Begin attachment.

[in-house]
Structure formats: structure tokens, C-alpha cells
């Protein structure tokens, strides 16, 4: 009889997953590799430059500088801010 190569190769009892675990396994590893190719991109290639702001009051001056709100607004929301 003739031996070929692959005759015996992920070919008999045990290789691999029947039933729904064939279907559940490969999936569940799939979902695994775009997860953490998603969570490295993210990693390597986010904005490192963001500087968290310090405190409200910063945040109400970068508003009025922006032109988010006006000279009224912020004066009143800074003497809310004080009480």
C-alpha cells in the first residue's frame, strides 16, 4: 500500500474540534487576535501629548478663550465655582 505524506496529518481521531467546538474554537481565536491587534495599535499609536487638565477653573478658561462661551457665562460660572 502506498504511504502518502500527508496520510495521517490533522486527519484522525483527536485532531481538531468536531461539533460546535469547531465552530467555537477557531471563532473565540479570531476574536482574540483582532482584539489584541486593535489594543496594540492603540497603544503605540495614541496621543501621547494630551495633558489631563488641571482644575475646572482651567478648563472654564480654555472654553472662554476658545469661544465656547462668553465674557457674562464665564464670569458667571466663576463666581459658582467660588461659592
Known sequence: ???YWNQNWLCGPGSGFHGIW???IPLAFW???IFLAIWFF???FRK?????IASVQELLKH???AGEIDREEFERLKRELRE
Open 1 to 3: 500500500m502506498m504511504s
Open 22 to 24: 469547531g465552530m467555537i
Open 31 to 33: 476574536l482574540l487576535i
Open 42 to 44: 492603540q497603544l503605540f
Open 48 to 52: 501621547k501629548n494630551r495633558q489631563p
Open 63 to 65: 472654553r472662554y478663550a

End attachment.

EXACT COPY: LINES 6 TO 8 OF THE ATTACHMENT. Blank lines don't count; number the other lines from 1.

Open 1 to 3: 500500500m502506498m504511504s
Open 22 to 24: 469547531g465552530m467555537i
Open 31 to 33: 476574536l482574540l487576535i